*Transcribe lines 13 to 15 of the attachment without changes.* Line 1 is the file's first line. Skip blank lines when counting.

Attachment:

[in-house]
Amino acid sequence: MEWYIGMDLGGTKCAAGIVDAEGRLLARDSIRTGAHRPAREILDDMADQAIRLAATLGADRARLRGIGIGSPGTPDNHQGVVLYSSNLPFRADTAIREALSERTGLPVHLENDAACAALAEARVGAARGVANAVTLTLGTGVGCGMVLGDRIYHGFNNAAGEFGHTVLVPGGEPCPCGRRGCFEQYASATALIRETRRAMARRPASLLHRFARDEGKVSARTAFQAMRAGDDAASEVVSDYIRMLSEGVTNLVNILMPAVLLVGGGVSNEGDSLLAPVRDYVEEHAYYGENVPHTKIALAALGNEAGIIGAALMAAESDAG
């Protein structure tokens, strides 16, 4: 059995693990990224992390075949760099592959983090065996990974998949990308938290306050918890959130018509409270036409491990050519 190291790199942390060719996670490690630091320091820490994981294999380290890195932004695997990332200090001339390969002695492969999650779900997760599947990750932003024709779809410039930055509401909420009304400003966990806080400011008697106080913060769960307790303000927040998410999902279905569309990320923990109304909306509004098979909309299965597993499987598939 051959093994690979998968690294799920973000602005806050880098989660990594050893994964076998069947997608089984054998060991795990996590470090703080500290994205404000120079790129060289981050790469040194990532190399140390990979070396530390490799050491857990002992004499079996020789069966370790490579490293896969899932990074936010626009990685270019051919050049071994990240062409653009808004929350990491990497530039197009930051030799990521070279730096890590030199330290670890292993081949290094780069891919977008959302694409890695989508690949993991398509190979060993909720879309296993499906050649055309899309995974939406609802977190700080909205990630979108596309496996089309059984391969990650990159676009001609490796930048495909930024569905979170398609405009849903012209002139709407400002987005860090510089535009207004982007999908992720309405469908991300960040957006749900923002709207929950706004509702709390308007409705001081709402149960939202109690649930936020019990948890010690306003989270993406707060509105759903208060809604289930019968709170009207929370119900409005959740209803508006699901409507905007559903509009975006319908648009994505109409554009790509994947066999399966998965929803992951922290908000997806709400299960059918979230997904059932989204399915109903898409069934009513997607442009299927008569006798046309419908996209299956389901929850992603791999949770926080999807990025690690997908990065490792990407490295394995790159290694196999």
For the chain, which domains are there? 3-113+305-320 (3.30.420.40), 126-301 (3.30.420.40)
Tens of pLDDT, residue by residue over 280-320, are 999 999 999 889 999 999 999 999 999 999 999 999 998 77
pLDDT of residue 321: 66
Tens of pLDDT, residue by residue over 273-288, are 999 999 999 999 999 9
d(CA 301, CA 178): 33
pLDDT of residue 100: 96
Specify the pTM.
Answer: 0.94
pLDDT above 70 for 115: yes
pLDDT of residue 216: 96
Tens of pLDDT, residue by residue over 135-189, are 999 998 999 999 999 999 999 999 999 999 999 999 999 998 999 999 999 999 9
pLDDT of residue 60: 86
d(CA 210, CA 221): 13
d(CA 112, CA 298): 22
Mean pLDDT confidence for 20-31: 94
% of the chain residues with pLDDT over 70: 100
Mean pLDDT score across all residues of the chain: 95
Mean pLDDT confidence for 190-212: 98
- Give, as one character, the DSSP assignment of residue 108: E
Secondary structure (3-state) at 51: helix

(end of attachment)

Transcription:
pLDDT of residue 216: 96
Tens of pLDDT, residue by residue over 135-189, are 999 998 999 999 999 999 999 999 999 999 999 999 999 998 999 999 999 999 9
pLDDT of residue 60: 86